- Workday is an attractive investment opportunity, given its deep moat in the enterprise HCM and Financial Management, steady growth, and strong cash flow generation.
- The sticky client base and its high-quality licensing business model will help in weathering the ongoing uncertainty.
- We expect a sustainable +20% growth with potential operating margin expansion above its 16% target in the near term.
We believe that Workday (NASDAQ:WDAY), the SaaS Finance and HR giant, presents an attractive long-term growth investment opportunity. Workday is one of the most disruptive players in the enterprise SaaS HCM (Human Capital Management) and Financial Management market. Over the last five years, revenue and FCF (Free Cash Flow) have grown by ~5x and ~9x consecutively. Despite being a +$3.6 billion-a-year business, Workday also still maintains a +20% growth with steady FCF profitability. In this first coverage of Workday, we will take a closer look at its high-quality business model and strategic go-to-market approaches, which we believe should allow the company to maintain its resilience and outperformance. We assign the stock an overweight rating.
We expect the strategic focus on client base expansion to drive growth and margin expansion. As the ongoing uncertainty may negatively affect the sales cycle for new deals, we believe that Workday will instead continue to benefit from targeting its client base. In doing so, Workday should drive growth and profitability by incurring lower marketing expenses and focusing on quicker wins with add-on sales. Over the last few quarters, the company has reportedly achieved a 100% net retention rate as the add-on business has seen rapid growth.
(source: company's 2019 analyst day slide)
In Q1, the add-on business maintained its momentum as Workday achieved its first-ever $1 billion revenue quarter with $1.02 billion quarterly revenue, up 23% YoY. Assuming that a significant portion of the growth for 2020 will come from the existing client base and that Workday has comprehensive add-on offerings in its fast-growing Financial Management segment, we think that the +20% growth is highly sustainable.
(source: company's 2019 analyst day slide)
Furthermore, the operating margin would have been at 20.6% instead of ~12.8% if the company did not pay the one-time bonus payment for its employees amid the pandemic. Consequently, while the 12.8% operating margin in Q1 already demonstrates a strong expansion from that of FY 2019, we continue to see upside potential in margin expansion this year, driven by further delays on non-critical programs and traveling. As the company will also add more resources to target the growing install base opportunity through a more focused approach, we feel that Workday can potentially outperform its full-year 16% margin guidance.
Workday's high-quality business model helps weather uncertainty. We have also gained some insights into the mechanics of Workday's licensing model in Q1, which we think is highly robust and resilient despite based on a per-user pricing scheme. As described by the CFO Robynne Sisco, the licensing contract only recognizes the changes in the number of users on an annual basis, effectively leaving no room for unpredictable changes in the contract value accordingly. The company also applies a minimum base contract value, which can only be reset at a renewal:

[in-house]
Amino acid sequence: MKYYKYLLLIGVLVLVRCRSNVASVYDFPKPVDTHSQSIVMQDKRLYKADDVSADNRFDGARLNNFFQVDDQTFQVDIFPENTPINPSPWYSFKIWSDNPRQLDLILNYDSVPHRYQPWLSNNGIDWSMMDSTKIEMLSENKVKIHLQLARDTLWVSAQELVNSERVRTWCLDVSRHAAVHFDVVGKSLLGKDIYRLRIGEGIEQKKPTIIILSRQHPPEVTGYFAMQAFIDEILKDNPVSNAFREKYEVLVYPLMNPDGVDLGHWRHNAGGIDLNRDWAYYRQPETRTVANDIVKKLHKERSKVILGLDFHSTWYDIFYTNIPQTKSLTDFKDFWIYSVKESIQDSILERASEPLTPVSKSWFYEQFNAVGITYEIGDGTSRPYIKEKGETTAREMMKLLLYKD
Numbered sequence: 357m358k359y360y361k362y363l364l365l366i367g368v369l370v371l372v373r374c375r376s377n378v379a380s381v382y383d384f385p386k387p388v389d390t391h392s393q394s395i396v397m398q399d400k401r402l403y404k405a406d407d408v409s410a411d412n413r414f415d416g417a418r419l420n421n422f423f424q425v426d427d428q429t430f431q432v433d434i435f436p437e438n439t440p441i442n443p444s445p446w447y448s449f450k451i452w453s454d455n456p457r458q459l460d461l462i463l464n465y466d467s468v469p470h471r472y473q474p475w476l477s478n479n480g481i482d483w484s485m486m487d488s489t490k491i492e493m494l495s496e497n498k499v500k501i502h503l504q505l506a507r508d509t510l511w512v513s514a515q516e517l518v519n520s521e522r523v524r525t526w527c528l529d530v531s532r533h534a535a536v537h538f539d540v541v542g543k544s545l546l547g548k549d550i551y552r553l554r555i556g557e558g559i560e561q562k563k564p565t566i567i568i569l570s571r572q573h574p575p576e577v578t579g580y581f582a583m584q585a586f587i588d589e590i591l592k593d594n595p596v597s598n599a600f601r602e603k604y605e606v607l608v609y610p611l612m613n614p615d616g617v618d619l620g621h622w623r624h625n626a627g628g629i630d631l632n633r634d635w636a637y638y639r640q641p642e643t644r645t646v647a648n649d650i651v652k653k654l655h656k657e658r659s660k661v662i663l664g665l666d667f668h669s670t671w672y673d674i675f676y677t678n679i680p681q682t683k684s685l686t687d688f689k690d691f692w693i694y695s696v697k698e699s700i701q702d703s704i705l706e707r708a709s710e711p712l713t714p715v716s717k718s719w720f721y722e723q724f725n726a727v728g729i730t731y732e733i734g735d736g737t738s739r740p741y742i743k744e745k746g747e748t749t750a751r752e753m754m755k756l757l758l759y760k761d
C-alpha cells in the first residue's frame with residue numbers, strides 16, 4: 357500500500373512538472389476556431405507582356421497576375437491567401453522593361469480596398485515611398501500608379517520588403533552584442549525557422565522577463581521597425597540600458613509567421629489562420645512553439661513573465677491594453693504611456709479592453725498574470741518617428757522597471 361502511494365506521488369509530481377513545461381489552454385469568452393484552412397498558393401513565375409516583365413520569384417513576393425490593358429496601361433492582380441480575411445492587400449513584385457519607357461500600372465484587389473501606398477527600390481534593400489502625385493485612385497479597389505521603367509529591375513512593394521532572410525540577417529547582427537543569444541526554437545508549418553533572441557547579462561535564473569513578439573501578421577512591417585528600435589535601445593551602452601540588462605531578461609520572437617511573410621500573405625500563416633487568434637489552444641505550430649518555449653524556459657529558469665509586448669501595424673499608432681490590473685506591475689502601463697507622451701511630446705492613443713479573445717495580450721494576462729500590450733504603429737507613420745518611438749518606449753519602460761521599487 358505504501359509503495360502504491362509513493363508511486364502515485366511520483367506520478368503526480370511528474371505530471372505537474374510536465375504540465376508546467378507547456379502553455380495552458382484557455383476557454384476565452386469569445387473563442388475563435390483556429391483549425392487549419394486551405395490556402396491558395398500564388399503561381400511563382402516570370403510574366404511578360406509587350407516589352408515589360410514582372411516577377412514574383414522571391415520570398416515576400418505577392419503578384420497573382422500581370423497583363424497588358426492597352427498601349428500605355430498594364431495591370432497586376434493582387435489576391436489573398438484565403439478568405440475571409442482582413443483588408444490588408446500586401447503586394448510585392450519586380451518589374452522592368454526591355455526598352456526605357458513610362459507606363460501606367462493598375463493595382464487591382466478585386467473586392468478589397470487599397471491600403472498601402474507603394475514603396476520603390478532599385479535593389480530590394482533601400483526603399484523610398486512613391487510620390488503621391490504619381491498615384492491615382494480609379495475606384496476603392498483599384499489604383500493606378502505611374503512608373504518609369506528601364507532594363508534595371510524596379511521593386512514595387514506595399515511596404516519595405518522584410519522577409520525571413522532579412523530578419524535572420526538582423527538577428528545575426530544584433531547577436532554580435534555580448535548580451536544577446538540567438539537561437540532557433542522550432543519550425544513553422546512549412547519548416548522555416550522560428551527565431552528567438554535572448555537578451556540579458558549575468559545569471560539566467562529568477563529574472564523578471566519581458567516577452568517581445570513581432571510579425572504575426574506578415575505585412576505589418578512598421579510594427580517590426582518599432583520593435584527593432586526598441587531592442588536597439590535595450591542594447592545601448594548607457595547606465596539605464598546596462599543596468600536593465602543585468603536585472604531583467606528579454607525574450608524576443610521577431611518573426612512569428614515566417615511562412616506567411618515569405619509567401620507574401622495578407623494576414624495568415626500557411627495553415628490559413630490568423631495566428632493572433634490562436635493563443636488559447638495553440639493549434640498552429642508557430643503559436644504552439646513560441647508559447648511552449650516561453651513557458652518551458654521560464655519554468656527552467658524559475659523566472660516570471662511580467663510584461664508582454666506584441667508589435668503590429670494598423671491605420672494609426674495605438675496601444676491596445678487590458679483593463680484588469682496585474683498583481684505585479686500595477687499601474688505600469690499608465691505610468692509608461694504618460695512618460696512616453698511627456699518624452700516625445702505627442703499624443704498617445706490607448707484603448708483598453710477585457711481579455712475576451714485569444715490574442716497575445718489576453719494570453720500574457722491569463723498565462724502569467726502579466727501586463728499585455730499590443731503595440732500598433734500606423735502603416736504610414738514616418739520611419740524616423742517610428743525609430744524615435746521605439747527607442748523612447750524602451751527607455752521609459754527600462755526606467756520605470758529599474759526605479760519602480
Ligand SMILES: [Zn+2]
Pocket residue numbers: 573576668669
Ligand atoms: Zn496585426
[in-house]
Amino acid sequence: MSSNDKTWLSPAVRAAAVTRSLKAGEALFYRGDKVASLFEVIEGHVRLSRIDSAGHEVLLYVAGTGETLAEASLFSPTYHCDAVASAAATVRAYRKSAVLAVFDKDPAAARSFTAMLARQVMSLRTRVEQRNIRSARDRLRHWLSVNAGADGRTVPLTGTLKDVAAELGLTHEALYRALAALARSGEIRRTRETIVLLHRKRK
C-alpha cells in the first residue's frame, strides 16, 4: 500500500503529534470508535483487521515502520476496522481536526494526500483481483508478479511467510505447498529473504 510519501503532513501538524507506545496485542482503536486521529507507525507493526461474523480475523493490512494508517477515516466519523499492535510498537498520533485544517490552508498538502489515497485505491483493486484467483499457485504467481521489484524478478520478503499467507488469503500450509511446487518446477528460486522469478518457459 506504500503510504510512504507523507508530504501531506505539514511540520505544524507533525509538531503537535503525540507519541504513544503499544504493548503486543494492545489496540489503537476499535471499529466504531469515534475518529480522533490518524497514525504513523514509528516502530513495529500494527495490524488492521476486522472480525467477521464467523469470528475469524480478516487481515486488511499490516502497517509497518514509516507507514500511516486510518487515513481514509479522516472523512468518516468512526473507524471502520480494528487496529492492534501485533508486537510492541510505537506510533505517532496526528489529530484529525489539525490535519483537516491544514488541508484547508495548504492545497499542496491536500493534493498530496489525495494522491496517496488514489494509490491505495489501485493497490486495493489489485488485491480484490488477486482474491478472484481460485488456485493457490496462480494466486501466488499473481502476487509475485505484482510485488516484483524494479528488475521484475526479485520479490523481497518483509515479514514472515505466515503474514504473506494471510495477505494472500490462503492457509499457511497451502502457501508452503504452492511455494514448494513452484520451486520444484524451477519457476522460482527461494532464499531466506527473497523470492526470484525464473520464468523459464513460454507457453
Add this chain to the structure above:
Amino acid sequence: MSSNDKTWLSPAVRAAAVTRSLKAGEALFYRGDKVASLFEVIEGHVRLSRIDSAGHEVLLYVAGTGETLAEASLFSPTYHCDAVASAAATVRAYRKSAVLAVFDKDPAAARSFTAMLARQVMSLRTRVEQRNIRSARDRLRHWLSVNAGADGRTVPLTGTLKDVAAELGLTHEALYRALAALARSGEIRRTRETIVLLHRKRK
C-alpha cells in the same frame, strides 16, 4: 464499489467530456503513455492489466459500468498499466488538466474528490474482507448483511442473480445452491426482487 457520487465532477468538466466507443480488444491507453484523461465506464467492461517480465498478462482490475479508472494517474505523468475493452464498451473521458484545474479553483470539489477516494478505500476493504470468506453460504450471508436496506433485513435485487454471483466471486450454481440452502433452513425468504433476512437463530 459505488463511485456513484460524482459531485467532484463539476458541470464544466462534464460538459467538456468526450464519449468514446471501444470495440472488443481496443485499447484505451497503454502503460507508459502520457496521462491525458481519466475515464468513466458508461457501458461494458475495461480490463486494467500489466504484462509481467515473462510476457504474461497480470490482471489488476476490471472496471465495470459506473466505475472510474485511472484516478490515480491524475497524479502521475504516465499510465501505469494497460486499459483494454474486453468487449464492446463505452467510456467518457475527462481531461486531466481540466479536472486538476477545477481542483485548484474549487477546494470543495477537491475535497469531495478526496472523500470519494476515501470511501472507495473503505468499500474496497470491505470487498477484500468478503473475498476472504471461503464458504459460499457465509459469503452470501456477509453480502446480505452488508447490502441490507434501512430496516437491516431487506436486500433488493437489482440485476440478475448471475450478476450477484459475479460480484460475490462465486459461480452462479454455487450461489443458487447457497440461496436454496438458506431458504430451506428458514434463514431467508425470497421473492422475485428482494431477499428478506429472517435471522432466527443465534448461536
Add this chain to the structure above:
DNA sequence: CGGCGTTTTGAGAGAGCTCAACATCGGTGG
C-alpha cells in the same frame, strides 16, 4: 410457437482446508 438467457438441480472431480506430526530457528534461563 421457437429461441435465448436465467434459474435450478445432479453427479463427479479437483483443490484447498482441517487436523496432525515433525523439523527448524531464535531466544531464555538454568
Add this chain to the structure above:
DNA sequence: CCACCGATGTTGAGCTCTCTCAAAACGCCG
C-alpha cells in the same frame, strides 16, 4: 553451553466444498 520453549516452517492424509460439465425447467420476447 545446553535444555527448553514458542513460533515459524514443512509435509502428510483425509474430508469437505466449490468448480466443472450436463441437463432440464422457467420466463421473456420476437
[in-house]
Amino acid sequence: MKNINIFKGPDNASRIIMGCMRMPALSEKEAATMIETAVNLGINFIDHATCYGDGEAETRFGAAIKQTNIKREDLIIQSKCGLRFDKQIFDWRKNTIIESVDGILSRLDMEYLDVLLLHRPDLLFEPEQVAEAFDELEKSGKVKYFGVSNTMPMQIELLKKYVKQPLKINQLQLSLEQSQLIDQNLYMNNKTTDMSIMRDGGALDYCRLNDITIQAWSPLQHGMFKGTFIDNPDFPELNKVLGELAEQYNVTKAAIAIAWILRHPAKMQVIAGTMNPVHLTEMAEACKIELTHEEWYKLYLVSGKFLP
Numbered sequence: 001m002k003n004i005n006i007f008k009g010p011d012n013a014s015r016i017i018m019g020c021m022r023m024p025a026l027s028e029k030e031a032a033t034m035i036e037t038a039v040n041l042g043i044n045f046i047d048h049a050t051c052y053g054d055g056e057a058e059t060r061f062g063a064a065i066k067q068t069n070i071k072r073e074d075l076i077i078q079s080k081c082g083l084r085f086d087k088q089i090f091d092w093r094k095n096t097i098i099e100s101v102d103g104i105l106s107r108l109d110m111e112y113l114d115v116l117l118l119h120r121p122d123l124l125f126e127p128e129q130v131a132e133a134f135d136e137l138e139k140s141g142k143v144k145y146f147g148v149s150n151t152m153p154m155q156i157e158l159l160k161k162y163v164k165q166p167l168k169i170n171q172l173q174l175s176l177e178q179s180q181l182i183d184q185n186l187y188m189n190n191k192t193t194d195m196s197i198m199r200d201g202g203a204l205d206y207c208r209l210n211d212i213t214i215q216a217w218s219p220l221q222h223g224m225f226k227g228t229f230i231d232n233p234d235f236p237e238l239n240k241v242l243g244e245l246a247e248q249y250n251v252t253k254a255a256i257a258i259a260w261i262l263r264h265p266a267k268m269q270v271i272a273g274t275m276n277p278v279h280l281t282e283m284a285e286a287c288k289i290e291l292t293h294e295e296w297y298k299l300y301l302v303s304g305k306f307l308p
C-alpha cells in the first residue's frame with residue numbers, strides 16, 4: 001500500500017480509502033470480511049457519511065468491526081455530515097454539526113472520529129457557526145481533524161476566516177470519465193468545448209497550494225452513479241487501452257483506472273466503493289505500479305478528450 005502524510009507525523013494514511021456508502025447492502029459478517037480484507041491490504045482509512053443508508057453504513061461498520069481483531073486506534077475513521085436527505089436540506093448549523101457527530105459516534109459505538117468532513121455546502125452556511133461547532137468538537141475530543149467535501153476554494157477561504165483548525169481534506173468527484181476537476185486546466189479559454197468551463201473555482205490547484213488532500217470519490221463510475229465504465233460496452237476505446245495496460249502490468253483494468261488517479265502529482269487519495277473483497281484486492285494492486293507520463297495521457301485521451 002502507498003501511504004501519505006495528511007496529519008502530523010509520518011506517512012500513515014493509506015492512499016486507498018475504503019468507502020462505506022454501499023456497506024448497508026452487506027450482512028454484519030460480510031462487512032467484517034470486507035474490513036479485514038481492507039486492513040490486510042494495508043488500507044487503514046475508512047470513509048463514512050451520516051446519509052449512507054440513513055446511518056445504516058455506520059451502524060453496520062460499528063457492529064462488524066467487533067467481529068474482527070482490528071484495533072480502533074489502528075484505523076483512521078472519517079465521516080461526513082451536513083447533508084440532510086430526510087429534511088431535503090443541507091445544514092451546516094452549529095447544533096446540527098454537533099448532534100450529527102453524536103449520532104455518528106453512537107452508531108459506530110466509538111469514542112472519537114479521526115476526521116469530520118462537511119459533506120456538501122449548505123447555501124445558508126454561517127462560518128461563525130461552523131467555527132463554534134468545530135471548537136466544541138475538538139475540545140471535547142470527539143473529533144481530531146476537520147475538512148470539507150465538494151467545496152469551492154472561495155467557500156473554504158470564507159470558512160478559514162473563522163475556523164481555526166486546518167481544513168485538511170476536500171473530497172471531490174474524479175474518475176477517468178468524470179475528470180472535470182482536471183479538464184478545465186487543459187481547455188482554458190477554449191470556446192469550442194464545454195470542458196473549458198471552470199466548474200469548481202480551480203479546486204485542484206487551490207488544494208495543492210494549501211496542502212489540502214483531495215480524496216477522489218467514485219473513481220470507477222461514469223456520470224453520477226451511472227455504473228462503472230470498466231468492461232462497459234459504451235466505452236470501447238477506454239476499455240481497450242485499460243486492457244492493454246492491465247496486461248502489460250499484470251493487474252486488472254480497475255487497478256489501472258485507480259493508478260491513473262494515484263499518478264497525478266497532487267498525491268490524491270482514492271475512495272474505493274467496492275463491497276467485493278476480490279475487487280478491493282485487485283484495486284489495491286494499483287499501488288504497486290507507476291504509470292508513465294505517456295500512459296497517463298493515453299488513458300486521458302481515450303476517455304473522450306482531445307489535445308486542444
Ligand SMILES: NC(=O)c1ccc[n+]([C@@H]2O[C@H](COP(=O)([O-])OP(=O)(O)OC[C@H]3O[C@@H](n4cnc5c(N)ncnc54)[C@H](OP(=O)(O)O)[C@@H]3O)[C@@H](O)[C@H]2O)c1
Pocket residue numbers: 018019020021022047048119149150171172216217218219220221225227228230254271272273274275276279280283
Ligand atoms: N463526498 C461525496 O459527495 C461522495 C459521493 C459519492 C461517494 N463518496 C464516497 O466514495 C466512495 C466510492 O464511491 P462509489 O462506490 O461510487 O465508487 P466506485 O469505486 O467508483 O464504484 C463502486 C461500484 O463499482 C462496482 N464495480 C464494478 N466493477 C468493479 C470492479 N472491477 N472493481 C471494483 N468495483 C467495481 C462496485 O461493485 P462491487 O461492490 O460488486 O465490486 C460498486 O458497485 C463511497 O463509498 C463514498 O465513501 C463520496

Second, while our licensing model is based on the number of workers within our customers' organizations, we have measures in place that help reduce near-term volatility from employment changes. As an example, our contracts are typically only trued up annually to account for increases and decreases in worker counts. In addition, our contracts have base minimums, which limit our downside. And it is only upon contract renewal, which is typically every 3 to 5 years, that our customers have the opportunity to reset these base levels.
Despite the sticky customer base, Workday would have also been in a good position to invest in its go-to-market further to land new logos this year. During the analyst day last year, we noted the company's compelling vertical go-to-market strategy in growing the adoption of its Finance Management offering.
(source: company's analyst day 2019 slide)
As the company has decided to focus more on its install base for the foreseeable future given the ongoing uncertainty, we accordingly expect a slowdown in the Finance Management segment, which, unfortunately, has been the fastest-growing business for Workday.
In our view, Workday has all the characteristics of an attractive large-cap tech and growth opportunity. It has a deep moat in the enterprise SaaS HCM and Finance Management with many large companies like Comcast (CMCSA), Hewlett Packard (HPE), and Netflix (NFLX) in its client base. Furthermore, the offering has proven to be disruptive as well, as shown by the exponential growth in revenue and FCF over the last five years. Last but not least, the client base stickiness stands out to us. At ~11x P/S, we consider Workday attractive enough, considering the strong positioning to reaccelerate growth through both new logos as well as client base expansion going forward, coupled with the adequate profitability lever. Given the expected 20% growth and potential FCF margin expansion to ~18% this year, the stock is only 2 points shy of passing the rule-of-40, which is a very minor problem that another one or two earnings surprises will fix. We maintain our overweight rating on the stock.
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Analyst’s Disclosure: I am/we are long WDAY. I wrote this article myself, and it expresses my own opinions. I am not receiving compensation for it (other than from Seeking Alpha). I have no business relationship with any company whose stock is mentioned in this article.
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